Latency and other issues:

In addition, much of the “access” information is provided by TSPs and other groups that have been funded to-date to provide broadband internet capacity.  The information from these organizations is not reflective of the actual experience by their subscribers.    Subscribers experience throttled back service and latency.   Speed tests prove out the “underserved” areas.   We recommend that current information relating to “access” is treated with skepticism and not used to determine eligible areas.  The parties applying for the funds should provide real information relating to their actual service and accessibility/affordability to fibre.


  • We do not recommend the use of hexagons. Hexagons may work for wireless solutions and even then with some of the wireless solutions it would require line of sight with the tower.  In rural areas such as West Parry Sound the topography and tree cover absorption will limit signal strength and also be a factor to block line of sight.


GIS/Spatial data

  • For a fibre/”wired/cabled” solution, the best measurement would be a spatial dataset or a GIS. GIS has been around for 30 years plus and offers accurate reliable data and can be presented along municipal and provincial lines.   This becomes important when gathering community support, local funding, alignment with regional economic strategies, etc.  As noted in the point above, the applicant should provide actual local GIS based data that sets out their “underserved” status.   Using databases and other information that contributed to the current assessments of underserved would be inaccurate and unfair.


Eligible Recipients – Questions 22



  • No additional comments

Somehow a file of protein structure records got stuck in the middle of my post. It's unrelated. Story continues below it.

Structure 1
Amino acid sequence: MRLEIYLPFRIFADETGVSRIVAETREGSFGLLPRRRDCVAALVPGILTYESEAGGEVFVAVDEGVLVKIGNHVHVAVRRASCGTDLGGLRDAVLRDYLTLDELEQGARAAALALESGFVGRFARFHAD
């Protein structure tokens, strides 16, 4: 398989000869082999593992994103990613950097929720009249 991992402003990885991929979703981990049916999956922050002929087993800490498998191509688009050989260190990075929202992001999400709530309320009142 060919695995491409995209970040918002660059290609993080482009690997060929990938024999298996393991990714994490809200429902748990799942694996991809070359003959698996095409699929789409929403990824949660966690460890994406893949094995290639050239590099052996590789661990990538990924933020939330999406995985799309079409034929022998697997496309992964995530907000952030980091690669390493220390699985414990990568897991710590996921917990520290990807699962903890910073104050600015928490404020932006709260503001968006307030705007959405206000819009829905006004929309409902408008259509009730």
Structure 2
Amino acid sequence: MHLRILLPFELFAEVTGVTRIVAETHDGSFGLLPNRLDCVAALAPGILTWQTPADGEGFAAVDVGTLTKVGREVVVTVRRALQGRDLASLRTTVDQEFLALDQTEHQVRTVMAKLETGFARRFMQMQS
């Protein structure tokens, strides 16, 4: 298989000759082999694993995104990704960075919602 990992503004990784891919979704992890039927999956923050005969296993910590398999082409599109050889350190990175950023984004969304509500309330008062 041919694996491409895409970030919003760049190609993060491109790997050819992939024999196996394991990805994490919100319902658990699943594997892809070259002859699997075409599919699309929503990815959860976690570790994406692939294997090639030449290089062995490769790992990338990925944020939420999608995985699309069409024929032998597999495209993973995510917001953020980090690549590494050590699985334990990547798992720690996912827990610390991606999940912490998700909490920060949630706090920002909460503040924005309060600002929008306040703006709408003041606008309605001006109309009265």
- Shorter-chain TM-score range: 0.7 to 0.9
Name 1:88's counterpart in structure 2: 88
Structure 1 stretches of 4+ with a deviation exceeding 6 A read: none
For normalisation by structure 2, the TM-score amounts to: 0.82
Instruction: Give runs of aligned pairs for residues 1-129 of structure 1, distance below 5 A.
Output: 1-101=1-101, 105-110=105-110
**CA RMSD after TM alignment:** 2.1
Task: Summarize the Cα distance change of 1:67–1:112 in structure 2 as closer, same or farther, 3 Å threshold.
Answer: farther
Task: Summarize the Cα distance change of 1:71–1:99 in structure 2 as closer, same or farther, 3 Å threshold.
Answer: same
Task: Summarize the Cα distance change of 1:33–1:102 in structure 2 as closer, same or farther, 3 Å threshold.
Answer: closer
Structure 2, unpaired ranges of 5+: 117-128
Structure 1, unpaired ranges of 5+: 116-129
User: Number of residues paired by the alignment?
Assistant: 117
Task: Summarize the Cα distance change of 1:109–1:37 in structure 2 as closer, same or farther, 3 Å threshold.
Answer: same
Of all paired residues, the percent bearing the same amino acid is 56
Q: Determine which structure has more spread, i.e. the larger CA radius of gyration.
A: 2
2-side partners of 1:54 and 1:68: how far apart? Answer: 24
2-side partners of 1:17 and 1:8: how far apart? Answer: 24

Eligible Costs – Questions 23-24


  • It is recommended that applicants are advised that contingency costs be included in their financial submission
  • An eligible cost should include project management and related project operations costs.


Funding from a government entity – Questions 25-27


  • Applicants should be required to have a signed funding agreement


Applicant investment – Questions 28-30


  • Applicants should provide signed funding agreement(s).
  • Ownership of assets should go to the recipient. The recipient should have a legal undertaking to maintain and support the asset for a pre-determined period of time and to ensure the provision of services as set out initially.


Project Viability – Question 31


  • Applicants should provide a clear statement of the contribution from CRTC and the benefit to the community that would not have otherwise been possible.



Assessment Criteria

Project Type – Question 32


  • Impact on economic growth (jobs, GDP, attraction of new businesses, adoption/participation in the digital economy and digital innovation).



Project Assessment Criteria – Questions 33 – 37


  • Focus on rural
  • Minimize the weighting on “other” government funding. This will level the playing field.
  • Recommend a project achievement check list where the overall impacts can be assessed holistically.  Do not use weighting as “assessment of the whole” is greater than the sum of its parts.
  • Subscriber use and network resiliency are critical attributes of a viable network service over time. The incorporation of resiliency and use would reflect on our previous statement about overall impact (no weighting).


Criteria to identify “priority underserved” geographical areas – Questions 38-41


  • We do not support the hexagonal model. We do support the priority for the most underserved areas.
  • Additional considerations should include open access, latency, and cost per gigabit.